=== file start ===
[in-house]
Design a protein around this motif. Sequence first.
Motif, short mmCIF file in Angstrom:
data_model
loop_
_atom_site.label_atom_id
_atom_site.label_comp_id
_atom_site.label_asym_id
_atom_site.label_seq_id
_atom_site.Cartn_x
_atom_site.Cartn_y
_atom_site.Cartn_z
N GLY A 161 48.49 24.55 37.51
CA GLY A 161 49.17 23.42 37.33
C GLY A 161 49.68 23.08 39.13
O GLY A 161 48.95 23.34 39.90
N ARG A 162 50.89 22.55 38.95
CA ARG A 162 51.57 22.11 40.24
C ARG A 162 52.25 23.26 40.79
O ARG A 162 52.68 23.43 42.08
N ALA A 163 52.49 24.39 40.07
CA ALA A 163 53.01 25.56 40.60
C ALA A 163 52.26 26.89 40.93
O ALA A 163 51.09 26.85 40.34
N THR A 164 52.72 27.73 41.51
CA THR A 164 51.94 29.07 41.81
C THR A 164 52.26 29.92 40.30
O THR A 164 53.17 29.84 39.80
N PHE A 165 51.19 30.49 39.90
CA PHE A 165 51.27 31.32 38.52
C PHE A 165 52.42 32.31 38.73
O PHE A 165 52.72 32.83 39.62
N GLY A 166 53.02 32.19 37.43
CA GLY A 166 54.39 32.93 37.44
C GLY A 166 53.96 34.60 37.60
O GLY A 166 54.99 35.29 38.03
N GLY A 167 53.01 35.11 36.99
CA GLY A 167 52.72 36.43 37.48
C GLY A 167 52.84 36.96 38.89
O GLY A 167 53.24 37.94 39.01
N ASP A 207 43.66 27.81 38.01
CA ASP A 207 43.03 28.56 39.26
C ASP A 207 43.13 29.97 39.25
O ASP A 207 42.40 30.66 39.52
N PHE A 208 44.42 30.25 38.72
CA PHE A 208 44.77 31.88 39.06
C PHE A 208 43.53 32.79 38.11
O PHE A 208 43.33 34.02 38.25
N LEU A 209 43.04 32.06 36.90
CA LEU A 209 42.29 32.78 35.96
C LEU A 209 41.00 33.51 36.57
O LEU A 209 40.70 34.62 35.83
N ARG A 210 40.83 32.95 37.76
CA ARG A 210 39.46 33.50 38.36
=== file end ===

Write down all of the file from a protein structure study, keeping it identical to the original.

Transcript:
[in-house]
Design a protein around this motif. Sequence first.
Motif, short mmCIF file in Angstrom:
data_model
loop_
_atom_site.label_atom_id
_atom_site.label_comp_id
_atom_site.label_asym_id
_atom_site.label_seq_id
_atom_site.Cartn_x
_atom_site.Cartn_y
_atom_site.Cartn_z
N GLY A 161 48.49 24.55 37.51
CA GLY A 161 49.17 23.42 37.33
C GLY A 161 49.68 23.08 39.13
O GLY A 161 48.95 23.34 39.90
N ARG A 162 50.89 22.55 38.95
CA ARG A 162 51.57 22.11 40.24
C ARG A 162 52.25 23.26 40.79
O ARG A 162 52.68 23.43 42.08
N ALA A 163 52.49 24.39 40.07
CA ALA A 163 53.01 25.56 40.60
C ALA A 163 52.26 26.89 40.93
O ALA A 163 51.09 26.85 40.34
N THR A 164 52.72 27.73 41.51
CA THR A 164 51.94 29.07 41.81
C THR A 164 52.26 29.92 40.30
O THR A 164 53.17 29.84 39.80
N PHE A 165 51.19 30.49 39.90
CA PHE A 165 51.27 31.32 38.52
C PHE A 165 52.42 32.31 38.73
O PHE A 165 52.72 32.83 39.62
N GLY A 166 53.02 32.19 37.43
CA GLY A 166 54.39 32.93 37.44
C GLY A 166 53.96 34.60 37.60
O GLY A 166 54.99 35.29 38.03
N GLY A 167 53.01 35.11 36.99
CA GLY A 167 52.72 36.43 37.48
C GLY A 167 52.84 36.96 38.89
O GLY A 167 53.24 37.94 39.01
N ASP A 207 43.66 27.81 38.01
CA ASP A 207 43.03 28.56 39.26
C ASP A 207 43.13 29.97 39.25
O ASP A 207 42.40 30.66 39.52
N PHE A 208 44.42 30.25 38.72
CA PHE A 208 44.77 31.88 39.06
C PHE A 208 43.53 32.79 38.11
O PHE A 208 43.33 34.02 38.25
N LEU A 209 43.04 32.06 36.90
CA LEU A 209 42.29 32.78 35.96
C LEU A 209 41.00 33.51 36.57
O LEU A 209 40.70 34.62 35.83
N ARG A 210 40.83 32.95 37.76
CA ARG A 210 39.46 33.50 38.36